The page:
Imgur wants to be the next Facebook killer
Let’s be real: Social media as we know it is all about the followers. The more followers, the more likes, and we yearn for those double-digits on Instagram, triple-digits on Facebook, and the increasing follower count on Twitter and Snapchat.
Imgur (pronounced Image-ur) is trying to change that. Imgur, founded in 2009, began as a photo-hosting utility, but has been been pushing toward a new identity as a social media platform for awhile. It took a big step forward Wednesday when it unveiled new features like a news feed and its own spin on GIFs. It’s avoiding an essential part of other social media platforms, though: followers.
“Imgur isn’t about following a celebrity, and it’s not about following a person in real life,” says Alan Schaaf, Imgur’s founder and CEO. “You don’t have to build up a massive following and use that to get your distribution. The only thing that matters on Imgur is the quality of the content.”
The site aggregates and displays the content that has received the most likes, comments, and views — there is no way to “friend” other users, and while there are abstract metrics to indicate reputation, it’s impossible to know how many followers another user has.
This, says Schaff, is what makes Imgur a perfect candidate for the next big social media network — one that focuses on short, humorous media. With several new features launched Wednesday, Imgur is making a push towards a new, meritocratic vision of social media: one which centralizes the content, and decentralizes the reputation of the user.
The features are for iOS only, but will roll out to other platforms soon.
The first new feature is a news feed. In addition to the list of the “Most Viral” content for which Imgur is already known, you’ll be able to view a feed of images personalized for you, based on tags and users you follow.
But unlike Facebook’s news feed, Imgur’s will actively push you out of your comfort zone. Your feed will consistently suggest tags and users to add, based on what you’ve been liking, clicking on, and browsing.
“We want to break you outside of that friends list.” — Imgur’s Roy Sehgal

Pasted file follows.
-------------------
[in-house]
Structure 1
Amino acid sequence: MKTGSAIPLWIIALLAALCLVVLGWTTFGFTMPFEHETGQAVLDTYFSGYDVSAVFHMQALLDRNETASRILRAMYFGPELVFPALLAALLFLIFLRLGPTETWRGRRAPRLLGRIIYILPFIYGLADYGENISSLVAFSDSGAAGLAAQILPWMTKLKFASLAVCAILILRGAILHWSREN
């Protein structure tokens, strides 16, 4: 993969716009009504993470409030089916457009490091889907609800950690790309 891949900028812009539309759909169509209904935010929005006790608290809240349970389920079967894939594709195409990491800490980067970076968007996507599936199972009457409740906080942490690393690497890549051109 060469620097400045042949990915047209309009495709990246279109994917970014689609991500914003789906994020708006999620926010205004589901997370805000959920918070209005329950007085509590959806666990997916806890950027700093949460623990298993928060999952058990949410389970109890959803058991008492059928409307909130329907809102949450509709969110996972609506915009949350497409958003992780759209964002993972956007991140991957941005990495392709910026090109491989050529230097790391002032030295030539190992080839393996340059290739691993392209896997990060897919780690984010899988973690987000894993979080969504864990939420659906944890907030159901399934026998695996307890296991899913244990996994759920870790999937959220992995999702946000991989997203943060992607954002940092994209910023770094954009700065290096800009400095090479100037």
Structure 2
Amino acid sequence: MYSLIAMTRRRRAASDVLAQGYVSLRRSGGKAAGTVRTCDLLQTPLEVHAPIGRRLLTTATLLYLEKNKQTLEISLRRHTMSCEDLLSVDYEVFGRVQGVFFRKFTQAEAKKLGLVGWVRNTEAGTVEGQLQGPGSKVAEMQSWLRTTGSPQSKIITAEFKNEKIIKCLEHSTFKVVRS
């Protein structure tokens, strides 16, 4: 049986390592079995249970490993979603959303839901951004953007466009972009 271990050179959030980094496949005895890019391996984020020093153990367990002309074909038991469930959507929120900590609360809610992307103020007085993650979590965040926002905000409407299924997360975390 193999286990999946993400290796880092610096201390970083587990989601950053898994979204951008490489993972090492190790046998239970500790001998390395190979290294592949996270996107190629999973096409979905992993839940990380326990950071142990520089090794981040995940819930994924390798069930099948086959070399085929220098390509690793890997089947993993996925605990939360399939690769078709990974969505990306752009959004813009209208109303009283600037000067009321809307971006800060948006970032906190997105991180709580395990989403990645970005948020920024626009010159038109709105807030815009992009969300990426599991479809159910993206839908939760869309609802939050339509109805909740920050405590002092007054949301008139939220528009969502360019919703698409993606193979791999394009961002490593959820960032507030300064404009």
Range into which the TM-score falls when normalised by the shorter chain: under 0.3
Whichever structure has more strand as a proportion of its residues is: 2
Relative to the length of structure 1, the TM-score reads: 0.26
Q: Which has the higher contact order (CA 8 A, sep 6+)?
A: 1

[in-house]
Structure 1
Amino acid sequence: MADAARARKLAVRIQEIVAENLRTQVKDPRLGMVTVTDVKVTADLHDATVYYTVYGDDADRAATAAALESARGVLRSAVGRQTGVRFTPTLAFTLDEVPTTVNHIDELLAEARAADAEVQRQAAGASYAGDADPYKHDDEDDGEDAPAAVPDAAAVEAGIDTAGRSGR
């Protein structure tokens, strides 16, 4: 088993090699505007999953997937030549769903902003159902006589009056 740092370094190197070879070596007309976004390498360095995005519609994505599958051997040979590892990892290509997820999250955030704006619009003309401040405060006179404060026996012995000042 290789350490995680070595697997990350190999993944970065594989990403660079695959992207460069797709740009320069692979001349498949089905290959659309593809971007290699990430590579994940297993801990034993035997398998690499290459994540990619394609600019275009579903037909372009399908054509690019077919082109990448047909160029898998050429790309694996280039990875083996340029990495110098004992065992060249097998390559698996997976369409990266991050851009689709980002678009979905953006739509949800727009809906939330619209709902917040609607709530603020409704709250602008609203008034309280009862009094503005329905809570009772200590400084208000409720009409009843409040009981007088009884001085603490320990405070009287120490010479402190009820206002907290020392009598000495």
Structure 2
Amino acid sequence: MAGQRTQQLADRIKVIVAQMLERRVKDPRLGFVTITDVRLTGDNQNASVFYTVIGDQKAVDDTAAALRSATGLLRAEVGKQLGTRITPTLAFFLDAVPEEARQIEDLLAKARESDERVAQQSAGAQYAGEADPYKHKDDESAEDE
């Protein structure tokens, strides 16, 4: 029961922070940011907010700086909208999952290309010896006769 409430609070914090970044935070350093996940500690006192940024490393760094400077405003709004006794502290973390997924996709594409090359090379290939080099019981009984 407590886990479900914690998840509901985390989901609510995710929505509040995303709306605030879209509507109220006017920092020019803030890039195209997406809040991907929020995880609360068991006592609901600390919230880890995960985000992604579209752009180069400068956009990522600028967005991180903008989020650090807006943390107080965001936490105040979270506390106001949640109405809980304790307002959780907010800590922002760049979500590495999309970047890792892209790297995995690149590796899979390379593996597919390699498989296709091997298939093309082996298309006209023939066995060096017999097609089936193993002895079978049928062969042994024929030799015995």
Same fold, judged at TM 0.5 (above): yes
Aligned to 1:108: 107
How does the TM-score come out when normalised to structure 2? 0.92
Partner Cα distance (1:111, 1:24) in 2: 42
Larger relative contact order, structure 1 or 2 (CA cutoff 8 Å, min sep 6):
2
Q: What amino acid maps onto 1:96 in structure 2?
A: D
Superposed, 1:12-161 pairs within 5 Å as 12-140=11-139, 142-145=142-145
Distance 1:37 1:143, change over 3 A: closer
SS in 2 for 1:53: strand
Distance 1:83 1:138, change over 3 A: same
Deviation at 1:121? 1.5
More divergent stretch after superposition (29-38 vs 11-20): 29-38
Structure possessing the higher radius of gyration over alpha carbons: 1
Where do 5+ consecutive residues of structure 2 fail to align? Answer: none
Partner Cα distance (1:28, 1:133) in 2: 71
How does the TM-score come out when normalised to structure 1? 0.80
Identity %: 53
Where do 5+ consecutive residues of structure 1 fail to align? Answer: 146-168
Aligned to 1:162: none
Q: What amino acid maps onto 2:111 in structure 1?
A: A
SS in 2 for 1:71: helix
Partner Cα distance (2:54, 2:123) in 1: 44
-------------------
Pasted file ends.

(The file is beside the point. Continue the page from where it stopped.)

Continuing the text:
“We want to break you outside of that friends list,” says Roy Sehgal, Imgur’s chief operating officer. “You’re missing the world by only seeing these fake experiences your friends are sharing. Our content is authentic.”
Authentic is a term overused by many social media players, so it’s O.K. if that last sentence made you instinctively eye roll. And to be fair, it must be mentioned that other sites, like Reddit, also champion content based on its own merit, not the clout of the user who posted it. In fact, Imgur was created by a Redditor as a gift to Reddit because at the time the site couldn’t host photos on its own. Reddit rolled out its own image hosting last year to compete with Imgur after it began forming its own community.
Another new feature, Snacks, is Imgur’s first venture into video content. Snacks are short, soundless videos that loop automatically. Unlike GIFs, which Imgur already features, snacks can be enlarged, rewound, and paused. Imgur will feature the site’s best snacks right below its search bar.
Favorite Folders are another part of Imgur’s new look, though they rolled out two weeks ago. Before Favorite Folders, a “like” on a photo was just a statistic that pushed it higher or lower in the “Most Viral” list.
Now, users can save their favorite images in folders that they can go back to at any time — a feature that would be out of place on an image-hosting utility, but necessary on a social network.
Finally, the desktop homepage has gotten a major redesign. Imgur hasn’t been updated since 2014, and it was so difficult to navigate that I tried to join several times but just couldn’t figure out what to do.
The new Imgur looks like a very well designed Tumblr blog — it’s colorful, sleek, and intuitive. It’s still in beta, which you can join here to test and provide feedback. Not all users will receive beta access immediately, but the pool will expand over time.
Image thumbnails are much larger than they were before, and include a caption, description, and statistics so you know what you’re looking for. If you don’t know where to start, the list of recommended tags will help you on your way, and the accompanying art is colorful, eye-catching, and adorable. A number of cute phrases welcome you to the site, and introduce you to its culture. Highlights include “On the Internet, nobody knows you’re a dog,” “Wholesome Memes and other wares,” and “Where memes are born and selfies come to die.”
Sehgal and Schaff hope that the new layout, more befitting of a social network, will make Imgur more accessible to new users accustomed to the likes of Tumblr and Twitter.
“Imgur is going to help people discover the internet’s magic,” says Sehgal. “That’s our new tagline. Imgur helps you discover the magic of the internet.”